Most people know at least a little bit about cholesterol and that having too much is a bad thing, but fewer people know that there is actually good cholesterol and bad cholesterol, and that other things – like triglycerides – also play a part in total cholesterol count. Here are the four major factors when it comes to determining your overall cholesterol count and assessing your risk for heart disease, diabetes, stroke and heart attacks:
HDL cholesterol – This is the good kind of cholesterol that appears to actually protect you against having a heart attack when levels are high and can increase your risk of heart disease when levels are too low.
LDL cholesterol – This is the bad cholesterol that everyone seems to be struggling to lower these days. High levels of LDL cholesterol increase your risk of stroke, heart attack and heart disease. This is also what is responsible for the plaque build-up in arteries that causes atherosclerosis.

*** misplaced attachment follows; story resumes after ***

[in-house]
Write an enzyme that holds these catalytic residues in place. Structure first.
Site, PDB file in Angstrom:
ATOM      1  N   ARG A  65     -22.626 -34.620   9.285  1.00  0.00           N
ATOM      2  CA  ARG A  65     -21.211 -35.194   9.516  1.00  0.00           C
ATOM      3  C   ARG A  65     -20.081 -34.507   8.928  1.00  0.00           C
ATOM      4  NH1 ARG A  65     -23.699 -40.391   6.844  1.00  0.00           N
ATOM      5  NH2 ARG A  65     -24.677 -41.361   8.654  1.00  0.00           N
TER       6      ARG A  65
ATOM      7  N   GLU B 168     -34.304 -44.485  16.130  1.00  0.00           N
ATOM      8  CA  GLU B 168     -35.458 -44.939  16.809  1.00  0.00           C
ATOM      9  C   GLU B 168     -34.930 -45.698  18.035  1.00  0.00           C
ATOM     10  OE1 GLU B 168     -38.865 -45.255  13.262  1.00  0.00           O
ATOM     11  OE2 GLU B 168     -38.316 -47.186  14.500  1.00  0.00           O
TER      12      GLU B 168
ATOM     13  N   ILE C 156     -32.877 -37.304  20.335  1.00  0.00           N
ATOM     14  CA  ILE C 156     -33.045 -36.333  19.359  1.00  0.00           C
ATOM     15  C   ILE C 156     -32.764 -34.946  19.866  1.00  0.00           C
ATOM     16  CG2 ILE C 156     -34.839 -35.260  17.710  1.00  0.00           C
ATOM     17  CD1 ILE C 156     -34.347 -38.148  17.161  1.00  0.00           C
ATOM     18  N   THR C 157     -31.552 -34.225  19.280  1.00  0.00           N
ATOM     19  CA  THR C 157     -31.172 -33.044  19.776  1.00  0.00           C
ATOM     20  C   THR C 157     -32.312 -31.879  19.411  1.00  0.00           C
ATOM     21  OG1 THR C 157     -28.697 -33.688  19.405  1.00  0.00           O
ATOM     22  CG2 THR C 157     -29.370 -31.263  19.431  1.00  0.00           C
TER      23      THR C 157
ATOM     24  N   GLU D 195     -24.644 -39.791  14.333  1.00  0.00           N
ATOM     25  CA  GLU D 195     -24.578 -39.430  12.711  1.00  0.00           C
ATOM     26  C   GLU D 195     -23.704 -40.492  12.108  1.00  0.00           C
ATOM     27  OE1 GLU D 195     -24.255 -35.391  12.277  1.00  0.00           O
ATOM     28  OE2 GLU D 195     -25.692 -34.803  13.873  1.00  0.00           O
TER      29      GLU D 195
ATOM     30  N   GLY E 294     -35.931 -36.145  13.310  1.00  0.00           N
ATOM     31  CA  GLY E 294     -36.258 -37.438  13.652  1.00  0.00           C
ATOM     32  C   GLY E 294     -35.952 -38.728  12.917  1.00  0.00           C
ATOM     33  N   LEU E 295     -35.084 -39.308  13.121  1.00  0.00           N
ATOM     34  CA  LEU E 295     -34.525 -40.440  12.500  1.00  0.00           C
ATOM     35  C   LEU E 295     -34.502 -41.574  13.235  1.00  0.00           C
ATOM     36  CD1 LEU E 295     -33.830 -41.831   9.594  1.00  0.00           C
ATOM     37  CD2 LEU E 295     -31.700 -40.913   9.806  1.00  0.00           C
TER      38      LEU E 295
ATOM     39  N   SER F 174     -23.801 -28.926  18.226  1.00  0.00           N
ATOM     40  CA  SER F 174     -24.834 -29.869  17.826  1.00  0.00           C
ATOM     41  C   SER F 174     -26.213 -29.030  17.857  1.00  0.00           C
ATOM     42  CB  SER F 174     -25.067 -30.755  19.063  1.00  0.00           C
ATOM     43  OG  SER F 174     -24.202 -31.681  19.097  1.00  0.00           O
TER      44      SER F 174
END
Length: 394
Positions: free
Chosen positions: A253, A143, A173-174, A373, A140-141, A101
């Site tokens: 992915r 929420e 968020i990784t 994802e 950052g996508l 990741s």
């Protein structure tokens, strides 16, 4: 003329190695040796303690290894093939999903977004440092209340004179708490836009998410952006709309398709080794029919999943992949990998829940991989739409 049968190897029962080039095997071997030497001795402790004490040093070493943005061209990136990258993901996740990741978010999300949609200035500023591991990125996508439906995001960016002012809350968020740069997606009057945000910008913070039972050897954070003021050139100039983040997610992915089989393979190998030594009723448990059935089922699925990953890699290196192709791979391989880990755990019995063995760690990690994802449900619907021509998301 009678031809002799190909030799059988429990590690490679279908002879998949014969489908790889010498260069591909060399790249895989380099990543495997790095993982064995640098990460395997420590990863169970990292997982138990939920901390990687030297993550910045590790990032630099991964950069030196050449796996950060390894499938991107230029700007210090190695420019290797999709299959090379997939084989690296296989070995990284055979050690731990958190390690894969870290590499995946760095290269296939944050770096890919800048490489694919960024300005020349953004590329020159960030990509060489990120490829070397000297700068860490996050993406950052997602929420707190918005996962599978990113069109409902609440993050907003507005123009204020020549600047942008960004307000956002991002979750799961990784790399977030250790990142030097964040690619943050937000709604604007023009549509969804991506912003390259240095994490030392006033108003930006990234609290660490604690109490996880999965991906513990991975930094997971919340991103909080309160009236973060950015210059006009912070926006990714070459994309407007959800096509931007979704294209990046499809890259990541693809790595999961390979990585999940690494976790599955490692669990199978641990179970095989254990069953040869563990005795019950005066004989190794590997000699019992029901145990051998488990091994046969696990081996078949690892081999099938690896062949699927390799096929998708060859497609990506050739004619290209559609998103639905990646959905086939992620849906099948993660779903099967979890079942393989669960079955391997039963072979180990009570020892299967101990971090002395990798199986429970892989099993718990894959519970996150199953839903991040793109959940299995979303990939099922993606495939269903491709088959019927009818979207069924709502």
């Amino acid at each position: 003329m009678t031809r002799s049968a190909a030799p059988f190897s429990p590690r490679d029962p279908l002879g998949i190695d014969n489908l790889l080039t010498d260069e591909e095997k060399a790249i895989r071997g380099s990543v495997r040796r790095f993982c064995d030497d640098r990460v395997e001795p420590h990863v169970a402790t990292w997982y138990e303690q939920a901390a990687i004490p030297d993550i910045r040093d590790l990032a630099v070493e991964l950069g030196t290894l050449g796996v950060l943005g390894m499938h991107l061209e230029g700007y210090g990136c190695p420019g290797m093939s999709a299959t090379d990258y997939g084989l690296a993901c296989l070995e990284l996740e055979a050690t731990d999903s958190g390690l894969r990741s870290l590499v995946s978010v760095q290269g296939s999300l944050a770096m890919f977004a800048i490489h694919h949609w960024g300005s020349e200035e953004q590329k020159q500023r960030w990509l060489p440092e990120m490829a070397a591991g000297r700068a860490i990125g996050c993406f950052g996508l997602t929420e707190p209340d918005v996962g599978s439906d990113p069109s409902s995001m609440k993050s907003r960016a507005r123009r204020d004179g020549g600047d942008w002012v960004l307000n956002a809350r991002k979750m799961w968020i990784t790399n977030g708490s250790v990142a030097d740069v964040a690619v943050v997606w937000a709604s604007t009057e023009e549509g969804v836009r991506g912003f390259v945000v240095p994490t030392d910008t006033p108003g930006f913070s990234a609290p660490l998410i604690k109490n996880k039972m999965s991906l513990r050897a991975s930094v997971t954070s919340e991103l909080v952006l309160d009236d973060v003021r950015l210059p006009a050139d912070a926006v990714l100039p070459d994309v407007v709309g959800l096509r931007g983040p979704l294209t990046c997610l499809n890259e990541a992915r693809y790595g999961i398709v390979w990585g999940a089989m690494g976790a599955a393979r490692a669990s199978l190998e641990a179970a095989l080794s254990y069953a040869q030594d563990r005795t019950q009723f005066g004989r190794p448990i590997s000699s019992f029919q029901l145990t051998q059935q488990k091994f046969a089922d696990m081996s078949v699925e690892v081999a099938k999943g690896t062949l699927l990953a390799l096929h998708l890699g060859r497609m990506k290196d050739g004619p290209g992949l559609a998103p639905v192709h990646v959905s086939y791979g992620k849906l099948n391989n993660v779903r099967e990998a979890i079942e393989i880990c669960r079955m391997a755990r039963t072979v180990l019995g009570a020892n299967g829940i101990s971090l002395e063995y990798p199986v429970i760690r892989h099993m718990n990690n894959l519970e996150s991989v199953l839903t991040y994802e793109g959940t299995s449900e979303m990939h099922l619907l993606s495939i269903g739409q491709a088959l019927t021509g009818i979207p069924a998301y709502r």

Lp(a) cholesterol – This is related to LDL cholesterol, but is genetic. High levels of Lp(a) are believed to be a factor in fatty deposits in arteries.
Triglycerides – Triglycerides are made by the body and can be caused by overeating, smoking and not being active. Most folks who have high triglyceride levels also have high levels of LDL (bad) cholesterol and low levels of HDL (good) cholesterol.
Knowing your total cholesterol count is an important part of determining your risk level for various health issues, such as stroke and heart attack. Your healthcare provider can perform a simple blood test that will give you the information you need in order to determine if your cholesterol level may be increasing your risk.
Even if you live a relatively healthy lifestyle and eat a well-balanced diet, do not assume that this automatically means your cholesterol level is good. Genetic factors also come into play, so you might be surprised by your blood test results. This means that it is important for everyone to have this simple test as part of an overall plan for maintaining health and wellness. If you discover that your cholesterol levels are not where you would like them to be, a few simple changes to your diet and lifestyle might be all you need to get your cholesterol under control and improve your health, while reducing your risk for serious health issues.
A coming blog post will include tips for low cholesterol cooking and lifestyle modifications aimed at lowering cholesterol, so come back soon to learn more.